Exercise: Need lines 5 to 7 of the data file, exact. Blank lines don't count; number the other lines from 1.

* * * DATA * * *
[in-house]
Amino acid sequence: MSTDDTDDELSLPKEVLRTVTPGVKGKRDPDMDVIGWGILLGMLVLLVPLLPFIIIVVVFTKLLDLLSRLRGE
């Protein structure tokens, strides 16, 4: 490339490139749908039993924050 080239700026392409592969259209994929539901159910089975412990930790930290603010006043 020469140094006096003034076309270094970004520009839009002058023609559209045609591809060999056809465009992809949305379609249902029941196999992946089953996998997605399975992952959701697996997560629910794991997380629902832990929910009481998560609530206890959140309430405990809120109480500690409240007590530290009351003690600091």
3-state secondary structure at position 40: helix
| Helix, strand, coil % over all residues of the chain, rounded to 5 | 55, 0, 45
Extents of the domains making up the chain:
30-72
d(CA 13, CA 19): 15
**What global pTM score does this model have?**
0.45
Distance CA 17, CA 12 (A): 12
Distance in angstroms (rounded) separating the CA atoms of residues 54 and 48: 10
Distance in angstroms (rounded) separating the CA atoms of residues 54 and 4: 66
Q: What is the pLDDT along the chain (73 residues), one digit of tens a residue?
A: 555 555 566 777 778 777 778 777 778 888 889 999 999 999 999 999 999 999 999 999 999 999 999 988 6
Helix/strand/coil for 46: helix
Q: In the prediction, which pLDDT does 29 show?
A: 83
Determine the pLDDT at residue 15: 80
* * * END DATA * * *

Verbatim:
| Helix, strand, coil % over all residues of the chain, rounded to 5 | 55, 0, 45
Extents of the domains making up the chain:
30-72